The first touch-tone telephone arrived in 1963. Instead of dialing a rotary dial, callers would simply push buttons that corresponded to the telephone number they were calling.
These phones looked much like the classic Model 500, but in place of the dial they featured the numeric keypad.
The 1960s also ushered in the 911 emergency phone system — about 30 years after Great Britain introduced its 999 emergency phone system in the 1930s.
Telephones in the 1970s
Portable cell phones became a reality in the 1970s, with the first portable call being made by Motorola’s Martin Cooper to a rival at Bell Labs. Fiber optics also arrived this decade, primarily for military use. By the late 1970s, a joint test by AT&T and Bell Labs of a new cellular phone system took place.
Telephones in the 1980s and 1990s
In the 1980s, there were more than 175 million telephones in the United States.
In 1982, the first commercial cellular phone service was approved by the FCC with commercial service becoming widespread throughout the United States by the end of the decade.
Remember the movie Wall Street starring Michael Douglas in Wall Street with the giant cell phone? Those original cell phones were clunky, but they were status symbols of the time. In the mid-1980s, there were about 24,000 cellular subscribers.
Pagers were quite popular in the 1990s, as were two-way radios in business settings. Cellular phones became less cumbersome and more affordable during the 1990s.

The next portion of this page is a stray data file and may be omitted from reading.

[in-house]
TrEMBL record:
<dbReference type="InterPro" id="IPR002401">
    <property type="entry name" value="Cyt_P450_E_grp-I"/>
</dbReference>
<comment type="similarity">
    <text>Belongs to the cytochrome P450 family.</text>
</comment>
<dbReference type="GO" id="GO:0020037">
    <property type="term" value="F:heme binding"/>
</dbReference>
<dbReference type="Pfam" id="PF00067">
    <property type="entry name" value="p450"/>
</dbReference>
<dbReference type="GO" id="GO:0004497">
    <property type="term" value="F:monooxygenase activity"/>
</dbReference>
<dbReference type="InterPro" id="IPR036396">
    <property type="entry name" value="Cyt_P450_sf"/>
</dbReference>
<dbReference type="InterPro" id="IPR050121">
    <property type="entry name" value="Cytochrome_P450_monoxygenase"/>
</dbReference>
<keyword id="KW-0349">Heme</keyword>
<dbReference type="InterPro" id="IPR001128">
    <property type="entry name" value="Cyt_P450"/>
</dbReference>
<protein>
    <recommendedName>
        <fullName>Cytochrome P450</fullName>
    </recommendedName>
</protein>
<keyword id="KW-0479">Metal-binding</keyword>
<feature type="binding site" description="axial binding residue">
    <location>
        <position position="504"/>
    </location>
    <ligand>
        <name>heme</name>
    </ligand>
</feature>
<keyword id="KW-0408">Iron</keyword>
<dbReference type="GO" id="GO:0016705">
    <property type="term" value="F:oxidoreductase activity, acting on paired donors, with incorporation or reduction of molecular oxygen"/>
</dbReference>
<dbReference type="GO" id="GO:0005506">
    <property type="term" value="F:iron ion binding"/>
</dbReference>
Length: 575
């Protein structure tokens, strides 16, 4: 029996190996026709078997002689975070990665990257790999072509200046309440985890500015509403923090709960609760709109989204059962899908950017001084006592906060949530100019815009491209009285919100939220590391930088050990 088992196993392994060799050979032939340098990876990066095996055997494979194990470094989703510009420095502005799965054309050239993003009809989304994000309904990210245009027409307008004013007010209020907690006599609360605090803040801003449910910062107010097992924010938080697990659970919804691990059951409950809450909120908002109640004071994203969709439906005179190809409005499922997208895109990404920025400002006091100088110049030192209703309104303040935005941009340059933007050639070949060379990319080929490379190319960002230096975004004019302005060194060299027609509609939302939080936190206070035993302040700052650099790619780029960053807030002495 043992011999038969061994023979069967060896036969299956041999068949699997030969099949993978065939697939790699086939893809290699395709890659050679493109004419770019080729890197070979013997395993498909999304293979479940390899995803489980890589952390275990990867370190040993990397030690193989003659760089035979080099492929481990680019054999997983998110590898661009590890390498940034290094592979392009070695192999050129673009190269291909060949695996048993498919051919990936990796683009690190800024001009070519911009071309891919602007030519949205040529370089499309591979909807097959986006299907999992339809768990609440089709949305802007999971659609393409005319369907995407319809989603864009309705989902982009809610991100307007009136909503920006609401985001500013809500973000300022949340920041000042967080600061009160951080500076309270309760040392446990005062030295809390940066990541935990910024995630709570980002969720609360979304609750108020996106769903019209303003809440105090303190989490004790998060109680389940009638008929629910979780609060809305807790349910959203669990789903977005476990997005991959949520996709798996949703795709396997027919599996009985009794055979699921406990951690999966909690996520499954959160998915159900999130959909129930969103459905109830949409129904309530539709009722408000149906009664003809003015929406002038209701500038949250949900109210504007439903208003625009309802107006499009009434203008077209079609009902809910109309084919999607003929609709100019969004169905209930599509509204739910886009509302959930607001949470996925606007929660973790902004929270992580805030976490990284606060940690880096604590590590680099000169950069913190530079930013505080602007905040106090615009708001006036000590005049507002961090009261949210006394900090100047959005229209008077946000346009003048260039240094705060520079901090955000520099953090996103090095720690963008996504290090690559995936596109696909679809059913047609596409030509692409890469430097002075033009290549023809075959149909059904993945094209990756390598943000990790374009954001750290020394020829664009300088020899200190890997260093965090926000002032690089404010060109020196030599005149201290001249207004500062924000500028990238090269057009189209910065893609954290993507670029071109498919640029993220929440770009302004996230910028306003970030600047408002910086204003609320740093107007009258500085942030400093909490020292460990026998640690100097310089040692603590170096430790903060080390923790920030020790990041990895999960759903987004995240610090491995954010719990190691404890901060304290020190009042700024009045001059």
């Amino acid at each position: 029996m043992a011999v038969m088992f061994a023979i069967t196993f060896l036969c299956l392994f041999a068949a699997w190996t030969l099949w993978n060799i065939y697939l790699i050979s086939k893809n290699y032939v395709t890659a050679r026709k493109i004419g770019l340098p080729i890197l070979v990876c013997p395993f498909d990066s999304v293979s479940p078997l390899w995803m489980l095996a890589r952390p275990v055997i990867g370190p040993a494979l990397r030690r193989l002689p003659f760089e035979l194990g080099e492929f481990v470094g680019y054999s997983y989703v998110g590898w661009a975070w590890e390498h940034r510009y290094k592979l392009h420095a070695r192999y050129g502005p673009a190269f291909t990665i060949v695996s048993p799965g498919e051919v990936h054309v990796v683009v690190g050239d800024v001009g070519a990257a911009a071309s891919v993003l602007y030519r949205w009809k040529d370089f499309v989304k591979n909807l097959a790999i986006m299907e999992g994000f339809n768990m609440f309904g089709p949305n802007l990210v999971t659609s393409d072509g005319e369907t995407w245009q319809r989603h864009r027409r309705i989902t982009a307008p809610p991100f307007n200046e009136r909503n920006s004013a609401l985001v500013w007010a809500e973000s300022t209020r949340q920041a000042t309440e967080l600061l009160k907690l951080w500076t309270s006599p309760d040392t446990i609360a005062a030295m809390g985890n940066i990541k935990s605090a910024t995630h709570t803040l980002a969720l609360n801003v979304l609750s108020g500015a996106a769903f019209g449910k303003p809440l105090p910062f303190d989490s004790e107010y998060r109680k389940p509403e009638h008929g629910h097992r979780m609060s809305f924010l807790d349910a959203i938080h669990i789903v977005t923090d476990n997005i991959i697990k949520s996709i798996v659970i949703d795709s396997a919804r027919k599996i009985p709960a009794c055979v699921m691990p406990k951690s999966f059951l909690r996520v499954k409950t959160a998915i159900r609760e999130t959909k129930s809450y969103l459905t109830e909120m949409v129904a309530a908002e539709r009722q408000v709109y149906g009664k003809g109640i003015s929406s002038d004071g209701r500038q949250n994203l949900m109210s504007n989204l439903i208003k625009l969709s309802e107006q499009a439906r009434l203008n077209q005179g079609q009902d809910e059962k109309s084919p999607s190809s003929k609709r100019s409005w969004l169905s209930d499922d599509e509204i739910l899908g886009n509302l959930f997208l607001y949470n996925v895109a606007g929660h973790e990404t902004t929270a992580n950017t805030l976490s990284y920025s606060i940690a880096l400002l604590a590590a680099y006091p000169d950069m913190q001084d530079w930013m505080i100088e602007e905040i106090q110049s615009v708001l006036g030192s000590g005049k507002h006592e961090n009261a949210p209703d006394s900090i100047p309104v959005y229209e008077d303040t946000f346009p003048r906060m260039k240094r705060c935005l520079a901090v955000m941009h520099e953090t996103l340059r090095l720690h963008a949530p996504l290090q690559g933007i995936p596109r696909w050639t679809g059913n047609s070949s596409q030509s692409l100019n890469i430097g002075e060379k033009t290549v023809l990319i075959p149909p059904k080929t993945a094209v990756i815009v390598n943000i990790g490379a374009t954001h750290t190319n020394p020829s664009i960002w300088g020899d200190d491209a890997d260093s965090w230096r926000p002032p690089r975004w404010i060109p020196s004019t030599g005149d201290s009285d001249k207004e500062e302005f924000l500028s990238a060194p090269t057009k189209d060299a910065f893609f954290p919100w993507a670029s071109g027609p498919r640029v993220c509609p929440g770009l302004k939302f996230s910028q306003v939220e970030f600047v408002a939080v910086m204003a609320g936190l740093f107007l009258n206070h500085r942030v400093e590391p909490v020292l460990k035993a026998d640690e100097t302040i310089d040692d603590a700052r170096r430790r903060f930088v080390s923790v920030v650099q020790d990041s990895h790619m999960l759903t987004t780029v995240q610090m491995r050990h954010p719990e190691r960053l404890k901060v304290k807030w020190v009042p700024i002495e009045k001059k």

The first “smartphone,” IBM’s Simon Personal Communicator, arrived in 1992 — 15 years before the iPhone. About 50,000 units were sold. Though it had a touchscreen, this phone was large and ahead of its time.
The first “clamshell” cellular phone (or flip phone) arrived in 1996 called the Motorola Startac.
Meanwhile, Voice over Internet Protocols began to be developed in the mid-1990s, allowing users to make voice calls over the Internet.
In 1999, the first two-way pager, the BlackBerry 850 arrived to the delight of business professionals and executives. Though quaint by today’s standards, this device supported email and web browsing.
Telephones in a New Millenium
By 2000, the United States was home to 100 million cellular telephone subscribers, which represents huge growth over just 15 years or so. Landlines, while still in use, were no longer the only option, and many people dropped them completely. Cellular phones changed rapidly. Some looked like mini computers with full QWERTY keyboards. Color screens and built-in cameras began to appear.
A new device, called a Personal Digital Assistants (PDA), emerged, blending phone service with email, mobile web browsing, calendar, and note-taking functions. BlackBerry dominated this market.
In 2007, the first iPhone arrived.
Today, more than half the world uses a smartphone to do just about everything including: making phone calls, participating in teleconferences and video calls, sending emails and text messages, accesing the Internet, watching television, managing their tasks and projects, doing business, taking photos and videos, and much more.